The Body Language of Sports – Handball Players Exhibiting Nonverbal Communication During Matches
Jenny Galvao

According to recent research by Karin Moesch of Lund University and associates, nonverbal behaviours are often exhibited in sporting matches, but the frequency of the nonverbal behaviours change as the game goes on, and depending on the score.

The researchers observed 18 games of elite handball and noticed that the amount of nonverbal behaviours (touching, and gestures) was significant, and the researchers drew several important conclusions about the frequency. The more points a team was leading by, the more gestures and touching they exhibited. Also, the amount of nonverbal behaviour was higher at the beginning of the match, and decreased as the match went on. Lastly, more nonverbal behaviours occurred during playoff matches compared to regular league matches.

“Handball players showed more gestures than touch after they scored. Within the different forms of gestures, the most typical behaviors seen were one fist up and two fists up,” the researchers specify.

In this experiment, the researchers opted for naturalistic observation, and taped public handball matches. The participants were handball players who were unaware that they were being observed by researchers (nonparticipant observer perspective). Nine different female handball teams were observed in this study.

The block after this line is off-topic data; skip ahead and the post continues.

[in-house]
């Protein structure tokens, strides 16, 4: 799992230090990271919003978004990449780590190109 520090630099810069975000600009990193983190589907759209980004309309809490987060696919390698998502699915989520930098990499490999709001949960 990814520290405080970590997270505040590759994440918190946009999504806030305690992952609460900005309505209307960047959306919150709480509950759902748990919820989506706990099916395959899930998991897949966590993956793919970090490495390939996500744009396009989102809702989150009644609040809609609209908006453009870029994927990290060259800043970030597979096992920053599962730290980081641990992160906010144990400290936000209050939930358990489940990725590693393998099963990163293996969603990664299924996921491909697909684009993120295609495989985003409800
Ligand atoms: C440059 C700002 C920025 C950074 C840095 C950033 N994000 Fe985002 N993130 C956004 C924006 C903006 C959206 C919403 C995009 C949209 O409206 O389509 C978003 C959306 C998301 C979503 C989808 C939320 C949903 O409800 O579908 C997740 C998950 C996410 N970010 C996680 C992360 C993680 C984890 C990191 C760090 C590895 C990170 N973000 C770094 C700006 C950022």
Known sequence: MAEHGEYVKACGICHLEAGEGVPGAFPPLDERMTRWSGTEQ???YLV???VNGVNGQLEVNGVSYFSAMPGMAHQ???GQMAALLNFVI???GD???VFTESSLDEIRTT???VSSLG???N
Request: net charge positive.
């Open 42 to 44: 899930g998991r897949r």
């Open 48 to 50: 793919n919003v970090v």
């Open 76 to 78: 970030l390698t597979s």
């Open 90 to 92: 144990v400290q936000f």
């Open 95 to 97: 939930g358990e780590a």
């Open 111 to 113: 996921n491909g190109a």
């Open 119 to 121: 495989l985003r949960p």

The researchers found that after every goal, gestures were demonstrated by the teammates whose team scored, and it was rare that no gestures were exhibited after a goal by the team. The player who scored the goal always exhibited a gesture afterwards, most commonly consisting of either one fist in the air or two fists in the air (examples of pride behaviours). The most common touch behaviours after a goal were high- and low-fives.

“There are interindividual differences in the degree of overt behavioral expression, in such that some players naturally show more emotional expressions than others following a successful event. In fact, Friedman and Riggio (1981) highlighted the existence of emotional expressive and unexpressive persons, who differ in the amount they show emotional expressions,” the researchers hypothesized regarding the players who exhibit less nonverbal behaviours upon scoring.

It saves a lot of time (and breath) to give a teammate a high-five as opposed to saying “Hey that was a great pass back there,” which is likely why nonverbal communication is so common in sporting matches. There is another hypothesis that players who are ranked higher on their team exhibit more nonverbal behaviours than their lower status teammates; so status may influence expressiveness/comfortability.

If you showed up late to game and aren’t sure what you’ve missed or what the score is, perhaps the players nonverbal behaviour can give you some insight, especially if the players are expressive by nature!

Jenny Galvao_smallAbout the Author: Jenny Galvao is an undergraduate student at the University of Guelph studying psychology.





Moesch, Karin, Göran Kenttä, Martin Bäckström, and Mikael Mattsson. Exploring nonverbal behaviors in elite handball: how and when do players celebrate? Journal of Applied Sport Psychology. 2015. 27: 94-109. doi: 10.1080/10413200.2014.953231